Published January 16, 2020
Kai He, Ph.D. | Mayo Clinic
PKD Foundation (PKDF): How did you first get involved in PKD research?
Kai: After my Ph.D. training in molecular cell biology and biochemistry, I started my postdoctoral research at Mayo Clinic studying the physiological and pathogenic function of primary cilium, the sensory antenna of the cells and the key organelle in the pathogenesis of PKD, which brought me to the PKD research field.
PKDF: What are you working on currently?
Kai: My current research direction is on cilia signaling and ADPKD. I am focusing on how the PKD proteins and other cilia-related signaling machineries properly localize to cilia to execute their sensory function. I am also working on identifying new therapeutic targets and drugs for restoring the functional level of PKD proteins, and further exploring whether it will suppress the development of PKD.
PKDF: What would you like the patient community to know about your research?
Kai: Polycystin 1 and polycystin 2, encoded by the ADPKD causal genes PKD1 and PKD2, have been proposed to form a sensory complex on kidney epithelial cilia. Our research has discovered a novel pathway by which this cellular sensor properly localizes to cilia to execute their function. We also have found a novel molecular target in this newly identified pathway for restoring the function level of polycystin. Now we are further exploring if genetically or pharmaceutically inhibiting this target will suppress PKD progression. We are also performing a high-content drug screening to discover more promising drugs that could restore the function levels of polycystins.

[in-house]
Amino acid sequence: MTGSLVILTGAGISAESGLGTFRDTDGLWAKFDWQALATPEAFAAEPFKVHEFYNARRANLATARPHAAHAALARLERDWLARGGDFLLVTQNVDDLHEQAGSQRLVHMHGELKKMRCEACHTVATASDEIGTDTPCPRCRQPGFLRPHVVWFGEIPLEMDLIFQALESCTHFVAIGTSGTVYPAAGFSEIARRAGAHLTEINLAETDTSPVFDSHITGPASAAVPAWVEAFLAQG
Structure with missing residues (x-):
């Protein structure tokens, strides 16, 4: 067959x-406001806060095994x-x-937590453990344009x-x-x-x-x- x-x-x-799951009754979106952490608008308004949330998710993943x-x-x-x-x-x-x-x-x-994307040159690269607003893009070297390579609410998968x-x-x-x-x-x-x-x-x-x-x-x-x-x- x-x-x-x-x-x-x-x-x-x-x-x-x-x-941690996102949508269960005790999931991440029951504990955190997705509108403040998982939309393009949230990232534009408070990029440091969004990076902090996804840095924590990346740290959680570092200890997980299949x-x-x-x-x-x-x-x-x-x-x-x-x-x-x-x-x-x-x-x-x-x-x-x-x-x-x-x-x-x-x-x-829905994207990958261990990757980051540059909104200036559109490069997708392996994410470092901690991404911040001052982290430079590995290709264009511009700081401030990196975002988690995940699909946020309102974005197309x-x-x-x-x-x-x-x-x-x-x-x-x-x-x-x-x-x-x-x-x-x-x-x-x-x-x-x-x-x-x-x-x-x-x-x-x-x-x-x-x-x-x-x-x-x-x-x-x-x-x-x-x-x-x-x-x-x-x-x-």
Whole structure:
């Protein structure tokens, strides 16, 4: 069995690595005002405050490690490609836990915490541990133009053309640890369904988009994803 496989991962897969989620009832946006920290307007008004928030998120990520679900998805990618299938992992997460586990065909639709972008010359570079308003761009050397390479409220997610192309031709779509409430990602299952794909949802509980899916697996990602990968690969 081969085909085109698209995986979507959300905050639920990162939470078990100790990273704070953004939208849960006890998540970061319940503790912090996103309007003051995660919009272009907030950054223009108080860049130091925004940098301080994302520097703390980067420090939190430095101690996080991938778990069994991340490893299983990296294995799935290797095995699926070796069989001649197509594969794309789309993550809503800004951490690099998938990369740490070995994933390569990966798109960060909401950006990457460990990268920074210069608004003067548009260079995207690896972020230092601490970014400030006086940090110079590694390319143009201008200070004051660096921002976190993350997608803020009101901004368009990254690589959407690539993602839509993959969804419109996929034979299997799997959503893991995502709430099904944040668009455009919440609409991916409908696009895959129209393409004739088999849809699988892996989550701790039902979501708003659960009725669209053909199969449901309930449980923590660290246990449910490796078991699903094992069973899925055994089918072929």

PKDF: What excites you most about this research?
Kai: Our current research not only significantly advances our understanding of polycystin biology, but also will provide novel therapeutic approach/targets/hits that address unmet clinical needs of ADPKD patients.
PKDF: What are some of your personal interests outside of research?
Kai: I love baseball and fishing and I’m a big Lakers fan.
PKDF: Anything else you’d like to share?
Kai: In the past two decades, researchers around the world have made great strides in understanding the fundamental genetic and biological mechanisms that contribute to the etiology and pathogenesis of polycystic kidney disease. I want the patient community to know that clinicians and scientists with expertise in different areas now are working alongside to move the promising therapies forward quickly from the lab through clinical trials and into clinical practice. I do believe that more and more treatment options will be available in the very near future.
PKD Foundation is the largest private funder of PKD research in the U.S. Since 1982, we’ve invested close to $50 million in more than 1,300 research, clinical and scientific grants, fellowships and scientific meetings. Each year, The Foundation identifies and supports the work of scientists and researchers from around the world who look for ways to treat and eventually cure PKD.
Our vision is to end PKD. Donations help fund necessary research that leads to more effective treatments and ultimately a cure for PKD.